Support students to develop their own sense of community; enhance communication. If successful, the pilot will attract departmental funding in the future and serve as model for others.

 

Building off campus community

Provide a means for off campus students to communicate with fellow students who live nearby, and delegate responsibility for organizing events, bringing a bit of MIT community away from campus and closer to home.

Why?
Practical plan for identifying and addressing needs of underserved grad student constituency.

 

IAP/Spring Marathoning Clinic

Provide a comprehensive and professional five-month training workshop for runners and aspiring runners who want to develop a fitness program with ultimate goal of completing a 26-mile marathon.

Why?
Proposal builds community at each step of the process. Good collaboration among existing groups.

 

Weekly Wednesdays

Create opportunity for a diverse cross-section of MIT grad students from every School, department, lab, residence, and affinity group to come together and “connect” on a regular basis in an informal setting (the Muddy Charles Pub).

Why?
Based on successful model and open to the entire graduate community. Opportunity for those who work closely with grad students to attend or host an event.

 

Crossing Disciplines in the Arts

Address the need expressed by students for interdisciplinary discourse by developing informal connections for students studying in Architecture, Media Arts, Visual Studies, and Comparative Media Studies, through series of forums in which students present and discuss their work.

Why?
Help to create community for every graduate arts student, encouraging creativity and discussion around current themes in art and technology. Valuable pilot project that, if successful, could be open to the general MIT community.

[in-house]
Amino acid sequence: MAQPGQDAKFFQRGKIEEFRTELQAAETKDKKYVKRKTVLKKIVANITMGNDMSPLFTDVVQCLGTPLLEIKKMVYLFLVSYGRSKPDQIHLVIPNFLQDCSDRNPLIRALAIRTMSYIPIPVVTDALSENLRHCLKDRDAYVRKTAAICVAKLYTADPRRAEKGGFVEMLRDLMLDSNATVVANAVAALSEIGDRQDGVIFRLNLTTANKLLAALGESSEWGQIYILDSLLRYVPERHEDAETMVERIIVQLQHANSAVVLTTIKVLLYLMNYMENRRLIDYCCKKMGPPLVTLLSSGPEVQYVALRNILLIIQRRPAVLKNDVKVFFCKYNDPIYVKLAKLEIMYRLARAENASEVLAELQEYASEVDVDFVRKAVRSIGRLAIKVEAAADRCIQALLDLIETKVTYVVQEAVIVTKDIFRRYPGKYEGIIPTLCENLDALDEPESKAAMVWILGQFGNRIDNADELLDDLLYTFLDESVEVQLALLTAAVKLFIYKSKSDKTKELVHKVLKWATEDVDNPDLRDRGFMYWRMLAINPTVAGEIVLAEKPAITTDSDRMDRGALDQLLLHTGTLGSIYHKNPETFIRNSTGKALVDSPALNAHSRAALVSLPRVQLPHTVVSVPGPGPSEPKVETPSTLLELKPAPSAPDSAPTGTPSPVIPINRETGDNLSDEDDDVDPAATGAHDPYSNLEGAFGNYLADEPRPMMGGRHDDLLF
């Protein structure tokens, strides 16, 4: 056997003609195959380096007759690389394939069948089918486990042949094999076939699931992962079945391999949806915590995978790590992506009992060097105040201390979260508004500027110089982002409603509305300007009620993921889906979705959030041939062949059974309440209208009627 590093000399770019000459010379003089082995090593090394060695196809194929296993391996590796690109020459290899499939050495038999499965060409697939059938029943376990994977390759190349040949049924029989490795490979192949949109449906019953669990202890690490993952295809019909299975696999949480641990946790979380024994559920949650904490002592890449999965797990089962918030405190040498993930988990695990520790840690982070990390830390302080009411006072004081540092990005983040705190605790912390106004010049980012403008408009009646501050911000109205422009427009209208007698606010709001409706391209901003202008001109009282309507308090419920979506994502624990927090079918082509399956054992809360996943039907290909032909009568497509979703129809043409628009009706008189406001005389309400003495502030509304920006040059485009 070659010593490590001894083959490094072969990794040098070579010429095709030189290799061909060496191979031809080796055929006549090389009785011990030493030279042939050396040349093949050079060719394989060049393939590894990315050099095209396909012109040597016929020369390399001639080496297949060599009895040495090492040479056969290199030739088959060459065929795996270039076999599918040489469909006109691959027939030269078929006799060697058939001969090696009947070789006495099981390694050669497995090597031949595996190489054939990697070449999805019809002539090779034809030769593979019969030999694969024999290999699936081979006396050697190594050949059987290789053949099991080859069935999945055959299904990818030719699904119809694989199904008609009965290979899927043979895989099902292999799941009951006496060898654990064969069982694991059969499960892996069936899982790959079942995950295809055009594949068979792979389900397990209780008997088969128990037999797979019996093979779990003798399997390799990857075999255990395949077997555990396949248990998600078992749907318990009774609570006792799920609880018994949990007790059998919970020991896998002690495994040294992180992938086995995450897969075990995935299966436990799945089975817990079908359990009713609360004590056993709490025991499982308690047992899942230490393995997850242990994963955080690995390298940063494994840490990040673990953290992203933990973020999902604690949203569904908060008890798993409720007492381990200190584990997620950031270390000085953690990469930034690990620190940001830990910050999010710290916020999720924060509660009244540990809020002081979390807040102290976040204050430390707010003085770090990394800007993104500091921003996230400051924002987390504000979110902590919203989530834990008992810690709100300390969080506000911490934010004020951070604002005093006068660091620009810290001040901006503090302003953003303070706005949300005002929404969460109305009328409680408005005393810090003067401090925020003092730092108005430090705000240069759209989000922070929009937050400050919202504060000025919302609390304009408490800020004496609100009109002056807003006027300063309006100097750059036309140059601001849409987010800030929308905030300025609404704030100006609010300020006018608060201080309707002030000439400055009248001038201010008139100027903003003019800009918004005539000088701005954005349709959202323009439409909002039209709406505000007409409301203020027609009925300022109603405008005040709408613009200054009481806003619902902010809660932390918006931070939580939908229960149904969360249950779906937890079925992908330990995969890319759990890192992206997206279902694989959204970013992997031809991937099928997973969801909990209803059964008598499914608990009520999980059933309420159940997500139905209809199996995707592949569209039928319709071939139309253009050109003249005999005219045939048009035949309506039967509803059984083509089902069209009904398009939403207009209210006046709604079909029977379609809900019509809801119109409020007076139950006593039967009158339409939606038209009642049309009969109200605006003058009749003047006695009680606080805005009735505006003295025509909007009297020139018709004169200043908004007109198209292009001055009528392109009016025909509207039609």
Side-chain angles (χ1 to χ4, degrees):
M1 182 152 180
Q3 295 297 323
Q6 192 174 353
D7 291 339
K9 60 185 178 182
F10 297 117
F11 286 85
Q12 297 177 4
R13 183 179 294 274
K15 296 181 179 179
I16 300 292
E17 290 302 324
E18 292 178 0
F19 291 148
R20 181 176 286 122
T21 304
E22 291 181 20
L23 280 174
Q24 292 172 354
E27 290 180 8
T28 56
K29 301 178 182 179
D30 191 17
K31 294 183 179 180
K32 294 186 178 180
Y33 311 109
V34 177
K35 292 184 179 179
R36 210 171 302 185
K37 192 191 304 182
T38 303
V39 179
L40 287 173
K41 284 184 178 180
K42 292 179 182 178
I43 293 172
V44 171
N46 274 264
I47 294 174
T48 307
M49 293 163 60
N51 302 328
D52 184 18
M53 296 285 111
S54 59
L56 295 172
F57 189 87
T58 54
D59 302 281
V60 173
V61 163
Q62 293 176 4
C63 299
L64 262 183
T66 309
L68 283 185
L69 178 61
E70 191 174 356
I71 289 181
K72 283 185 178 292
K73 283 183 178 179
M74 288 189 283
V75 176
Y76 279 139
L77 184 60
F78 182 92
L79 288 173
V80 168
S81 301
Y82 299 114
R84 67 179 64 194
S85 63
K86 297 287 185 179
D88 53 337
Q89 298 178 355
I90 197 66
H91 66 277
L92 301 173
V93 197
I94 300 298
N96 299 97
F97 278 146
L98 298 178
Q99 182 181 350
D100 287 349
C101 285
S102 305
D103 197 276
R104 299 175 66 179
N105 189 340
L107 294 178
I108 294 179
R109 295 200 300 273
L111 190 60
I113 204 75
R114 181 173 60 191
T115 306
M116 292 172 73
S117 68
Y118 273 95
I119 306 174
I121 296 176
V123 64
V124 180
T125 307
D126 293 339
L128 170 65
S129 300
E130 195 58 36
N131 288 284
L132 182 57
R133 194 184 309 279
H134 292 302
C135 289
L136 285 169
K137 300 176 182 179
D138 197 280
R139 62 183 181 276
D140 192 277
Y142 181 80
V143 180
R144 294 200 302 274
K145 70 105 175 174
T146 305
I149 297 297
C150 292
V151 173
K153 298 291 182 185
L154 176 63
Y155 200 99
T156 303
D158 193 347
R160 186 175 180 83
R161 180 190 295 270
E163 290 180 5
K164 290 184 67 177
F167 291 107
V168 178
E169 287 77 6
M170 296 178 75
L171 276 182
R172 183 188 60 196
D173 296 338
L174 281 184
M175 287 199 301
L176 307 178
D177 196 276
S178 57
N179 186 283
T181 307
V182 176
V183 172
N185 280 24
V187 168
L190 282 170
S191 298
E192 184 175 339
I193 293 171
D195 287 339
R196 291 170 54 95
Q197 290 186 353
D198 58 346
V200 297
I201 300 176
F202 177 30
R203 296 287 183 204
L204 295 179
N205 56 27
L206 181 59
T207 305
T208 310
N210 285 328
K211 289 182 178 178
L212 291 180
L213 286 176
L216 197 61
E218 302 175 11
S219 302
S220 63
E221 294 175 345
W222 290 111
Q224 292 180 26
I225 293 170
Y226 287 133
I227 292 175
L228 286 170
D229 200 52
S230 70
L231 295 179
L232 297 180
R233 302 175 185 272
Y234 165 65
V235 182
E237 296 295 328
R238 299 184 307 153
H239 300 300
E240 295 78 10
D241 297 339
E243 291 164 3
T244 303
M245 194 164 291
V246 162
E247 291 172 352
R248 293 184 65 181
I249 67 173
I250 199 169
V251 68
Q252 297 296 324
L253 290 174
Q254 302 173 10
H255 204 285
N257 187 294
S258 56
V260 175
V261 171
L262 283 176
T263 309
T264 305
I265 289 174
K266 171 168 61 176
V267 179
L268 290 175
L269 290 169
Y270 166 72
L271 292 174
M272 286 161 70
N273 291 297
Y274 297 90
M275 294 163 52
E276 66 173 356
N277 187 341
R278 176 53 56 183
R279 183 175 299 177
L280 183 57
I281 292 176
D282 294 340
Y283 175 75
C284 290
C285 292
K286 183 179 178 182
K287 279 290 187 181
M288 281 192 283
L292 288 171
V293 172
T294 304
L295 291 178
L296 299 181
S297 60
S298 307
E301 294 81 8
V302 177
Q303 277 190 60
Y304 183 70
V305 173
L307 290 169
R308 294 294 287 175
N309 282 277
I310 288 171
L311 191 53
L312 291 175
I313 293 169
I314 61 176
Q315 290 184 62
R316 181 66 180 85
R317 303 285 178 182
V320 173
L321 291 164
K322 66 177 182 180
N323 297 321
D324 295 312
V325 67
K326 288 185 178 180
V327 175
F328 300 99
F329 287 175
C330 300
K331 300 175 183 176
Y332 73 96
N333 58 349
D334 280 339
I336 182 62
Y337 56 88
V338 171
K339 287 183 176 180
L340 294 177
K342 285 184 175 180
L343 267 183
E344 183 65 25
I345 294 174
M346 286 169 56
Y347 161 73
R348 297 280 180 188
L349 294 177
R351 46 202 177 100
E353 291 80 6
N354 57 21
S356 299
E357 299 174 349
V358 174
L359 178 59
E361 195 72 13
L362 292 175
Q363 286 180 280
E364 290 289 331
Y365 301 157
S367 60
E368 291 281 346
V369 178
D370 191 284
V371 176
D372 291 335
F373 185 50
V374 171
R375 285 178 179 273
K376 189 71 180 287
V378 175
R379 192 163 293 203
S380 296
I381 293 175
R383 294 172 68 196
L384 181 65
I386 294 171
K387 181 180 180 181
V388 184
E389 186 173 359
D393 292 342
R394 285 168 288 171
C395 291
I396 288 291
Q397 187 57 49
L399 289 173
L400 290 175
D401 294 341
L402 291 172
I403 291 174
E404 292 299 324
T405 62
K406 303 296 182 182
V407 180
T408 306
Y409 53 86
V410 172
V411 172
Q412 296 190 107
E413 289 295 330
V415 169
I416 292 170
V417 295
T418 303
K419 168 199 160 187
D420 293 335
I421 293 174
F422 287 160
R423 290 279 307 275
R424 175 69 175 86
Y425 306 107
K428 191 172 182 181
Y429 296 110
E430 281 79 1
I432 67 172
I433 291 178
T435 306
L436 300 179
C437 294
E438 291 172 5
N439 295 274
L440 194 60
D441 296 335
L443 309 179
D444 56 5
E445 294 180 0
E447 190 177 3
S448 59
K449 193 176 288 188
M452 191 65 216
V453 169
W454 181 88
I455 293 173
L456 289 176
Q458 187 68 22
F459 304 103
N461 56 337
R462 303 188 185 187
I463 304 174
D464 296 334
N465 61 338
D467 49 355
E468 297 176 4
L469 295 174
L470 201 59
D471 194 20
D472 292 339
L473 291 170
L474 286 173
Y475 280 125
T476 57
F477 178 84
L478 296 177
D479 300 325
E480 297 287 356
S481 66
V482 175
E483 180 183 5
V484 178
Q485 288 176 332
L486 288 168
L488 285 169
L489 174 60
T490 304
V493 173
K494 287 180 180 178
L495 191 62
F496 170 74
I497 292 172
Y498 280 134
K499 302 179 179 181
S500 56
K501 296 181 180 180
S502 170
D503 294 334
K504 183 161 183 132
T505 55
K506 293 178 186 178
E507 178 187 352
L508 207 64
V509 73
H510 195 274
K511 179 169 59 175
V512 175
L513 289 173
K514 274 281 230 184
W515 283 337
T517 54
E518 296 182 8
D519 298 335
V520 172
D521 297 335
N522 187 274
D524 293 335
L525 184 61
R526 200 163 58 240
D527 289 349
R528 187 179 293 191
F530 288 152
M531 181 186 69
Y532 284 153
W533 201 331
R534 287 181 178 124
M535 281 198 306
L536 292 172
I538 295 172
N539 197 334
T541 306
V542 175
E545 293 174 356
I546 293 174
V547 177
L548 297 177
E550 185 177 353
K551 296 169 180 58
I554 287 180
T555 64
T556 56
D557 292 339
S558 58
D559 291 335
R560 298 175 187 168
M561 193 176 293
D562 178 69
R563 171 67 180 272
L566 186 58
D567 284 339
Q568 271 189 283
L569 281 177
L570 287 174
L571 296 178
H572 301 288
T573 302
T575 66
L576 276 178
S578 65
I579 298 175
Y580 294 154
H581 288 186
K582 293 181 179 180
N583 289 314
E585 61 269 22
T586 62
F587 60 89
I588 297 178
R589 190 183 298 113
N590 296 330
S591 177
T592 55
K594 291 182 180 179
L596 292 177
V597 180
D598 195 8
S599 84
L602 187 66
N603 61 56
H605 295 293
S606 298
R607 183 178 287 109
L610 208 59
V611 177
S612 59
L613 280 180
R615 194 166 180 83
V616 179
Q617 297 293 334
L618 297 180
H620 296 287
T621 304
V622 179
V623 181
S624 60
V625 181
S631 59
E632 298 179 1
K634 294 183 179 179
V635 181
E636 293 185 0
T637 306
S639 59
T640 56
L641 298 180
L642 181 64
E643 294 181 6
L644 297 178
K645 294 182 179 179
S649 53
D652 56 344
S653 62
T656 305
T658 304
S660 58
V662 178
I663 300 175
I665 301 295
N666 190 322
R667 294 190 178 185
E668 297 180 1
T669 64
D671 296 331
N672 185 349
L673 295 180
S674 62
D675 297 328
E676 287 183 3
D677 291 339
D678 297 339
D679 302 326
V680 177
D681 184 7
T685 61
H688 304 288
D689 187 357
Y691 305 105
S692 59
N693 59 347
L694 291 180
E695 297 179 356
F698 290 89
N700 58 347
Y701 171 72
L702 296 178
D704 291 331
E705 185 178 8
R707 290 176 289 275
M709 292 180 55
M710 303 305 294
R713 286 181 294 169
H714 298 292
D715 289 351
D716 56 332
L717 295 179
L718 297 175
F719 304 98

Publicly Sharing Graduate Student Artwork

Using the MIT Artist Behind the Desk Program as a model, create a structure that allows students to present their artistic work to the MIT community through a series of exhibitions, performances, and presentations.

Why?
Based on a successful model that brings people together based on their interest in the arts.

 

How can newsgroups improve communication within the graduate community?

Renovate the newsgroup server (news.mit.edu) and market its potential as a useful communications tool to express opinions and exchange ideas.

Why?
Another vehicle to promote effective communication among graduate students.

 

Formation and support for InterLink

Create a student organization for supporting the international graduate community by disseminating information about new and evolving regulations, scheduling community coffee hours, and training volunteers to develop networks among students and administration.

Why?
Thoughtfully considered infrastructure for a collaborative effort in support of the international community at a critical time. Aligns efforts with the International Students Office.

 

List Visual Arts Center Receptions

Host special private receptions with food and beverages for graduate students to complement the remaining two exhibits of the 2002-2003 season.

Why?
Based on enormously successful reception for graduate students hosted by the List last fall.